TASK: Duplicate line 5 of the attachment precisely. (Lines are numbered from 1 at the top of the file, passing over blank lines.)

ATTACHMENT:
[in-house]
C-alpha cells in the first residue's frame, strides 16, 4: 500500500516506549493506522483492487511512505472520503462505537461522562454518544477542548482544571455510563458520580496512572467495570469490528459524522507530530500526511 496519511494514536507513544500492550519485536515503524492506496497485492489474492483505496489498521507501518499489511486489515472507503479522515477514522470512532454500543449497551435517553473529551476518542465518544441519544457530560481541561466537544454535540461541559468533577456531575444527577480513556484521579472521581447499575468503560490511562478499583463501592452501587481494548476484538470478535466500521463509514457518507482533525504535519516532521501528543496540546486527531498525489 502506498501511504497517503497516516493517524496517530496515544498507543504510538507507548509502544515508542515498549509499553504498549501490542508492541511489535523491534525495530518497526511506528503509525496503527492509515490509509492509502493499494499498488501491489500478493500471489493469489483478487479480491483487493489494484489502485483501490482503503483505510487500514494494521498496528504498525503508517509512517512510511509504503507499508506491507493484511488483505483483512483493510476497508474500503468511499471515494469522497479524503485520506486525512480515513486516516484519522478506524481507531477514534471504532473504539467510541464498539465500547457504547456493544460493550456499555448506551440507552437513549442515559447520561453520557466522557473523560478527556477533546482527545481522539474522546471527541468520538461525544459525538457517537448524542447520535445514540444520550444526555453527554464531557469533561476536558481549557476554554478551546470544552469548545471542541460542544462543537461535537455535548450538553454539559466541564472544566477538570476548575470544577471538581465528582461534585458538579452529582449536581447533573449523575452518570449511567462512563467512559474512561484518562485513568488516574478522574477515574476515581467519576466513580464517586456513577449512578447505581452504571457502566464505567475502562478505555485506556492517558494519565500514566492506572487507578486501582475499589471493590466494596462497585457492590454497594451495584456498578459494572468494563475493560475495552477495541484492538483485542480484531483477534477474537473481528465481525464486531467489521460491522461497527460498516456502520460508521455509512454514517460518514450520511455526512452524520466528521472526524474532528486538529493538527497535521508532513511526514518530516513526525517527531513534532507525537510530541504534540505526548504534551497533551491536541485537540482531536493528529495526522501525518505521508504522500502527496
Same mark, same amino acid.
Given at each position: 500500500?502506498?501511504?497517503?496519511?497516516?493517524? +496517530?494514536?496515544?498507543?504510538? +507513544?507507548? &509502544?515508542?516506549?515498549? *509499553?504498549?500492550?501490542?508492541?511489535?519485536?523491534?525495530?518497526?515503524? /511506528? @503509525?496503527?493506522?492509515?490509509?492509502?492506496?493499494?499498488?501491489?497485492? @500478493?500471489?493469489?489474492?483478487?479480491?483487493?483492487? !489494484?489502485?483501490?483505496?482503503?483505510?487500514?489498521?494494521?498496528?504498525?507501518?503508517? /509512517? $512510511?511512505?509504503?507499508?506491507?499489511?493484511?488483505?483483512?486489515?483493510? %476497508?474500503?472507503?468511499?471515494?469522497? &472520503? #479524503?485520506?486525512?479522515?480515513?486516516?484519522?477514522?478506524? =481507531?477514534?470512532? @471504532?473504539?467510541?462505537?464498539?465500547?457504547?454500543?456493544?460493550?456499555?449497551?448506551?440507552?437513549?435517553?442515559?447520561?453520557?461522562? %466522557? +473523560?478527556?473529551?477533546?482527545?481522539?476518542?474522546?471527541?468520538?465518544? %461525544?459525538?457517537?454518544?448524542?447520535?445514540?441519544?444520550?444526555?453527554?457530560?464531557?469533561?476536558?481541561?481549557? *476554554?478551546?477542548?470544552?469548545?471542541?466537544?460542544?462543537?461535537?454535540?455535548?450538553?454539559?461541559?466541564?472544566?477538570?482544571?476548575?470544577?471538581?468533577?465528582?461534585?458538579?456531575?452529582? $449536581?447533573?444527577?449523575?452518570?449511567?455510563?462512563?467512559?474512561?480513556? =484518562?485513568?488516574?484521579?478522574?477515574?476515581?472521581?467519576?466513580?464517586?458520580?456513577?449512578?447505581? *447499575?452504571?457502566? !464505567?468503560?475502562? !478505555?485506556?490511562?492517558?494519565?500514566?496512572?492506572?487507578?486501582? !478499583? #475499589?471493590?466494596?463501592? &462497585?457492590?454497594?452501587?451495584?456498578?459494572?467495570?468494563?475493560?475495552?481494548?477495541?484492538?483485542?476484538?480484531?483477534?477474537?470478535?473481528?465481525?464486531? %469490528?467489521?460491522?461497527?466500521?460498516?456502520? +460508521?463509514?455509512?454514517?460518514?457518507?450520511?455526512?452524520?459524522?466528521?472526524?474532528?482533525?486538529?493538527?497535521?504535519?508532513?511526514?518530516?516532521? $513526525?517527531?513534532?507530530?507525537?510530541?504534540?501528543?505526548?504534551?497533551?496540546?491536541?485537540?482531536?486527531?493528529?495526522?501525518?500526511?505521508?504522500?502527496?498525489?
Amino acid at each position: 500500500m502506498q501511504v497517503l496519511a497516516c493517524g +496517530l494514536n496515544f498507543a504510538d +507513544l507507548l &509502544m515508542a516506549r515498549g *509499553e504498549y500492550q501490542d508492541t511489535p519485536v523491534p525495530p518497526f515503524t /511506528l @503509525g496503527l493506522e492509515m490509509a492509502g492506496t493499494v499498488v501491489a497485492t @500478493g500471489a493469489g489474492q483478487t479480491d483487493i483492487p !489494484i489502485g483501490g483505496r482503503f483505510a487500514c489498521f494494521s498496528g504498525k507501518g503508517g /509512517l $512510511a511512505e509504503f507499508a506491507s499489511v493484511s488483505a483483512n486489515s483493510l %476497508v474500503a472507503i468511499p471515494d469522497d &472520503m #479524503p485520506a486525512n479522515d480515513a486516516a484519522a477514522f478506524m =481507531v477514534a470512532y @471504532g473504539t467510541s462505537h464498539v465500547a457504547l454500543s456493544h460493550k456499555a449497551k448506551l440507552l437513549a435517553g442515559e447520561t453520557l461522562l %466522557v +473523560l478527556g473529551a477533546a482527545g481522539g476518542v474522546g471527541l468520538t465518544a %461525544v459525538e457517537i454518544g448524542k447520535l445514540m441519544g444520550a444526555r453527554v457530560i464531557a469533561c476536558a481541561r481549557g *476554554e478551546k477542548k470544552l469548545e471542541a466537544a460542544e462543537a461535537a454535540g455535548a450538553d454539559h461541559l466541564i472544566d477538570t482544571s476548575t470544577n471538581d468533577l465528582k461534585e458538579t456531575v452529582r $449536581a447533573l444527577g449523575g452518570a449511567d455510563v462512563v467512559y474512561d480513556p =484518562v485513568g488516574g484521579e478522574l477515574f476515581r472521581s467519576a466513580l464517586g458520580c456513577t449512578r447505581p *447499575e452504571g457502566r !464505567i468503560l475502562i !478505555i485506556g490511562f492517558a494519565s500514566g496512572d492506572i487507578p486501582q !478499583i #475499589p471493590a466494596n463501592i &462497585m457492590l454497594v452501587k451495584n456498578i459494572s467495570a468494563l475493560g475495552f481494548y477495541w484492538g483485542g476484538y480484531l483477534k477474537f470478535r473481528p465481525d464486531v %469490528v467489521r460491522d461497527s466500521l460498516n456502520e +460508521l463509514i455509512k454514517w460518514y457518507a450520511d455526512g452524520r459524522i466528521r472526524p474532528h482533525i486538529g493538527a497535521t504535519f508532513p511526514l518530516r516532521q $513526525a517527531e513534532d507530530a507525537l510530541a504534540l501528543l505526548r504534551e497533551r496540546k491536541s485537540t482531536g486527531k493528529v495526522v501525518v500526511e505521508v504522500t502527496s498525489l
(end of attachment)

Amino acid at each position: 500500500m502506498q501511504v497517503l496519511a497516516c493517524g +496517530l494514536n496515544f498507543a504510538d +507513544l507507548l &509502544m515508542a516506549r515498549g *509499553e504498549y500492550q501490542d508492541t511489535p519485536v523491534p525495530p518497526f515503524t /511506528l @503509525g496503527l493506522e492509515m490509509a492509502g492506496t493499494v499498488v501491489a497485492t @500478493g500471489a493469489g489474492q483478487t479480491d483487493i483492487p !489494484i489502485g483501490g483505496r482503503f483505510a487500514c489498521f494494521s498496528g504498525k507501518g503508517g /509512517l $512510511a511512505e509504503f507499508a506491507s499489511v493484511s488483505a483483512n486489515s483493510l %476497508v474500503a472507503i468511499p471515494d469522497d &472520503m #479524503p485520506a486525512n479522515d480515513a486516516a484519522a477514522f478506524m =481507531v477514534a470512532y @471504532g473504539t467510541s462505537h464498539v465500547a457504547l454500543s456493544h460493550k456499555a449497551k448506551l440507552l437513549a435517553g442515559e447520561t453520557l461522562l %466522557v +473523560l478527556g473529551a477533546a482527545g481522539g476518542v474522546g471527541l468520538t465518544a %461525544v459525538e457517537i454518544g448524542k447520535l445514540m441519544g444520550a444526555r453527554v457530560i464531557a469533561c476536558a481541561r481549557g *476554554e478551546k477542548k470544552l469548545e471542541a466537544a460542544e462543537a461535537a454535540g455535548a450538553d454539559h461541559l466541564i472544566d477538570t482544571s476548575t470544577n471538581d468533577l465528582k461534585e458538579t456531575v452529582r $449536581a447533573l444527577g449523575g452518570a449511567d455510563v462512563v467512559y474512561d480513556p =484518562v485513568g488516574g484521579e478522574l477515574f476515581r472521581s467519576a466513580l464517586g458520580c456513577t449512578r447505581p *447499575e452504571g457502566r !464505567i468503560l475502562i !478505555i485506556g490511562f492517558a494519565s500514566g496512572d492506572i487507578p486501582q !478499583i #475499589p471493590a466494596n463501592i &462497585m457492590l454497594v452501587k451495584n456498578i459494572s467495570a468494563l475493560g475495552f481494548y477495541w484492538g483485542g476484538y480484531l483477534k477474537f470478535r473481528p465481525d464486531v %469490528v467489521r460491522d461497527s466500521l460498516n456502520e +460508521l463509514i455509512k454514517w460518514y457518507a450520511d455526512g452524520r459524522i466528521r472526524p474532528h482533525i486538529g493538527a497535521t504535519f508532513p511526514l518530516r516532521q $513526525a517527531e513534532d507530530a507525537l510530541a504534540l501528543l505526548r504534551e497533551r496540546k491536541s485537540t482531536g486527531k493528529v495526522v501525518v500526511e505521508v504522500t502527496s498525489l